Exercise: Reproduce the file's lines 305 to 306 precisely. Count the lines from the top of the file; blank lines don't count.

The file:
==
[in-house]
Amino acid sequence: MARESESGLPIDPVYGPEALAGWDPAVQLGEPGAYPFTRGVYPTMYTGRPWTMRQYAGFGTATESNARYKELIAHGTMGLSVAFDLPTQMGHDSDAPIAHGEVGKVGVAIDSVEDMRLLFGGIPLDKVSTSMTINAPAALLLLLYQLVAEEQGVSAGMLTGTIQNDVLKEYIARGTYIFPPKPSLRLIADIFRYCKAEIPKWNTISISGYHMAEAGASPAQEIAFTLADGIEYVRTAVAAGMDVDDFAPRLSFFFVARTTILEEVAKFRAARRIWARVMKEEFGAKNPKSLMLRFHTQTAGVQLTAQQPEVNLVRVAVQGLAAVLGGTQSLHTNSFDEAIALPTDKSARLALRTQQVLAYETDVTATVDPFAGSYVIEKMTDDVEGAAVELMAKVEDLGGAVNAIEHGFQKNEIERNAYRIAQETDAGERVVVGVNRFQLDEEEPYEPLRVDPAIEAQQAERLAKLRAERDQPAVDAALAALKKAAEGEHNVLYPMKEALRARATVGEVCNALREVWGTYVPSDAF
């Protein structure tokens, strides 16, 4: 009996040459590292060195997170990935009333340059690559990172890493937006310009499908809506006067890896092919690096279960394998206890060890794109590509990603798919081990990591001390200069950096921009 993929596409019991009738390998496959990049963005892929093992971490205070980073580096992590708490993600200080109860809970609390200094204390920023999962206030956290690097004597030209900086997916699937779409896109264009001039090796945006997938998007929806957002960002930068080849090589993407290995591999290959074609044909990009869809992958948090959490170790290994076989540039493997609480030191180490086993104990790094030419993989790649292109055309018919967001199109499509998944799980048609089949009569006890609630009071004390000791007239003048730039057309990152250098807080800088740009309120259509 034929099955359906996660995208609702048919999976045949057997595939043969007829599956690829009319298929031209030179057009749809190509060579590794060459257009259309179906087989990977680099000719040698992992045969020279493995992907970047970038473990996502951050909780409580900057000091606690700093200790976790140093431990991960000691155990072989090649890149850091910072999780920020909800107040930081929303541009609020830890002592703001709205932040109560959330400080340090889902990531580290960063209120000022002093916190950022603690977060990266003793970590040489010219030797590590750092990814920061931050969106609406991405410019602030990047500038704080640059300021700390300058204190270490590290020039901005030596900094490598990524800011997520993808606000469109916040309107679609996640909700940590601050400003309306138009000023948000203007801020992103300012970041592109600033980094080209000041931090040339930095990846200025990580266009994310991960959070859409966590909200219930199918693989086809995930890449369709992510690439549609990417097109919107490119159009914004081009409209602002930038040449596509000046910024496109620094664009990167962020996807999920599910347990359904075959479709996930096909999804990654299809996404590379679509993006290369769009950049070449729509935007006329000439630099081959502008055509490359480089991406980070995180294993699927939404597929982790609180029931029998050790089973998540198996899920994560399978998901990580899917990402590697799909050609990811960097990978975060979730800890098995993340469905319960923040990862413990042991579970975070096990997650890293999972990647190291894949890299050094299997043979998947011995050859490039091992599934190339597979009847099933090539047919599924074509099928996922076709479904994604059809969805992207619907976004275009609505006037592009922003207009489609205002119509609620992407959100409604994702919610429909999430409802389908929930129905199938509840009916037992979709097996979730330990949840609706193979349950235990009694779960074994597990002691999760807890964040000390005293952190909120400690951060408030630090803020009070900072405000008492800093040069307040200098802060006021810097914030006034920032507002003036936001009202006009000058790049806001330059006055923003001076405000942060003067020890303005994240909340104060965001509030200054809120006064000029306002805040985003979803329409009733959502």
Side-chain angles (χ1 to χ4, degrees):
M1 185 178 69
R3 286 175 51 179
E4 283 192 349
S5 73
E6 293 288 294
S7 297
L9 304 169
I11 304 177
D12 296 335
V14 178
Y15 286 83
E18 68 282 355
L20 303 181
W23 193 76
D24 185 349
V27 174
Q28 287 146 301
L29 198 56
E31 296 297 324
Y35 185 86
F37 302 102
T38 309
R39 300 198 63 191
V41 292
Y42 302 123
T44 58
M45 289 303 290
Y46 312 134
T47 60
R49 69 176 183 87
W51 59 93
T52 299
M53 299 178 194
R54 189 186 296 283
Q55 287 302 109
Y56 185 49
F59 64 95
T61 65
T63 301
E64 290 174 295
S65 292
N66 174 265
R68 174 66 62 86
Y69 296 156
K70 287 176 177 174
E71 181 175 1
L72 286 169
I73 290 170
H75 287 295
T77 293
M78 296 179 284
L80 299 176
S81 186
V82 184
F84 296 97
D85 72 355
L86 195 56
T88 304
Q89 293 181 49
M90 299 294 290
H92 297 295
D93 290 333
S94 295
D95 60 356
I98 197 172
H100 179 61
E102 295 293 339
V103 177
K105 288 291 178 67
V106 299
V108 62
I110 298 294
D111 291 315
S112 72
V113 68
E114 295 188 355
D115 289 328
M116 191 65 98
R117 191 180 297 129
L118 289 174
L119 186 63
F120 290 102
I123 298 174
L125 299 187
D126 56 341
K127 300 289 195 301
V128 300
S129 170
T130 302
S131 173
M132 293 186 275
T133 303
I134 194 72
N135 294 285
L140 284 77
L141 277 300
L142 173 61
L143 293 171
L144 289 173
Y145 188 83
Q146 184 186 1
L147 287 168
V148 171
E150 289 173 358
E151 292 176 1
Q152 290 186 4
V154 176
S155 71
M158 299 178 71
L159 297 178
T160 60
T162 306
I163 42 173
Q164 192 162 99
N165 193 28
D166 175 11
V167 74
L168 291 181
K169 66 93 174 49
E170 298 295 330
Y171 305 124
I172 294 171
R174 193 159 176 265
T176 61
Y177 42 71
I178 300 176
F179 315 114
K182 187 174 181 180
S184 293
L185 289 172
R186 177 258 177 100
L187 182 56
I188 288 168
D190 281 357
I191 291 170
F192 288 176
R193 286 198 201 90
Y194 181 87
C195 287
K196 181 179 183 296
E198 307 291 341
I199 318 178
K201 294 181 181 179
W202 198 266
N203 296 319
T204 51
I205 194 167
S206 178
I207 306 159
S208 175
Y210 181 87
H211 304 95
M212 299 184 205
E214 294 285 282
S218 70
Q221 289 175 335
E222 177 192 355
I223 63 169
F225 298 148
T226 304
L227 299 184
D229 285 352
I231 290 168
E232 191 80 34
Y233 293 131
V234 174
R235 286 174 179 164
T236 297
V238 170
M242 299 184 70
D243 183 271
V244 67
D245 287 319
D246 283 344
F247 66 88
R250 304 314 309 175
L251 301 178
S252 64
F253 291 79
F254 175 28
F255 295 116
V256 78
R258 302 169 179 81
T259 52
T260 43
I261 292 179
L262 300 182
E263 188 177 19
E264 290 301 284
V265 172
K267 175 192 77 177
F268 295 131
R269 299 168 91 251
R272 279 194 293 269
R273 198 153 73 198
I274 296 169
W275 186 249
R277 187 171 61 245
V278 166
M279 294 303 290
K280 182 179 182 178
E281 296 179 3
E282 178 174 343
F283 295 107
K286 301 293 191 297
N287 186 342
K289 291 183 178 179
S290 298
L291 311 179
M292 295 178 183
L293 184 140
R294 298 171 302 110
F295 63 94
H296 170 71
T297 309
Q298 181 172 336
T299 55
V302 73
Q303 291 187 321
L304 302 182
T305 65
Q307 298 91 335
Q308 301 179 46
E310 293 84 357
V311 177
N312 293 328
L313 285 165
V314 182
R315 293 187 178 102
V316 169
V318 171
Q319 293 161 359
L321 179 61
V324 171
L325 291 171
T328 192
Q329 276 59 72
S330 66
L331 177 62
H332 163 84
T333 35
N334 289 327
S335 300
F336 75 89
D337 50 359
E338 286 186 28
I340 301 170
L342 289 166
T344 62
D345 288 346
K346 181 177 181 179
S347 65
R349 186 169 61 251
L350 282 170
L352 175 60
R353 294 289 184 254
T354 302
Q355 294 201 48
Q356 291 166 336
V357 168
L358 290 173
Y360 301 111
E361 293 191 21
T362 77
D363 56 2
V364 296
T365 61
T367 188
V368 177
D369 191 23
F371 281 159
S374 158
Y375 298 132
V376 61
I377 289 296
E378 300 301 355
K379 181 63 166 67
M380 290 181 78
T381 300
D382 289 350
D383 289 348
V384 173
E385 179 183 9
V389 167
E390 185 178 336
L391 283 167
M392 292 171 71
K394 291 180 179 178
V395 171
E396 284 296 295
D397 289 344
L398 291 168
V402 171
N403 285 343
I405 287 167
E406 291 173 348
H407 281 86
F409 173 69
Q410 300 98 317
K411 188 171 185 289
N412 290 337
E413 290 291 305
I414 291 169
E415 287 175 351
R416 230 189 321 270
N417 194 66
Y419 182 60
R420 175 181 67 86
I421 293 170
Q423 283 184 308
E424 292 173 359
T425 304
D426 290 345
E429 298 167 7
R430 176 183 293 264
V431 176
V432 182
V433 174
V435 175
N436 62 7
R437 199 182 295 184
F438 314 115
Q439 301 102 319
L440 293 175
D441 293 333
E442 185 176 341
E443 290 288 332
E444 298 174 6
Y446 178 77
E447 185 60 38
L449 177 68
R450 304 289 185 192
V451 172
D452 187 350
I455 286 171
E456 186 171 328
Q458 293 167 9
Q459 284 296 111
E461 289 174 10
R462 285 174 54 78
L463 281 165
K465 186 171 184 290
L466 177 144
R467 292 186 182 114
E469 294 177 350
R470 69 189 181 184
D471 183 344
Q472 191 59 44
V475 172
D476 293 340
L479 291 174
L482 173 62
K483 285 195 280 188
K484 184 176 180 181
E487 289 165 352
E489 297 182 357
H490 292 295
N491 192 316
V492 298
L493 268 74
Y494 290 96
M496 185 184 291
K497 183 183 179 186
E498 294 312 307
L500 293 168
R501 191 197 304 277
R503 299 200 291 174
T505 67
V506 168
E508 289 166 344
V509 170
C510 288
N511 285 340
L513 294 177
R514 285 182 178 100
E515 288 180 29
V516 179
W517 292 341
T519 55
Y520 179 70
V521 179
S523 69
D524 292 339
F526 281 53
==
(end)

N412 290 337
E413 290 291 305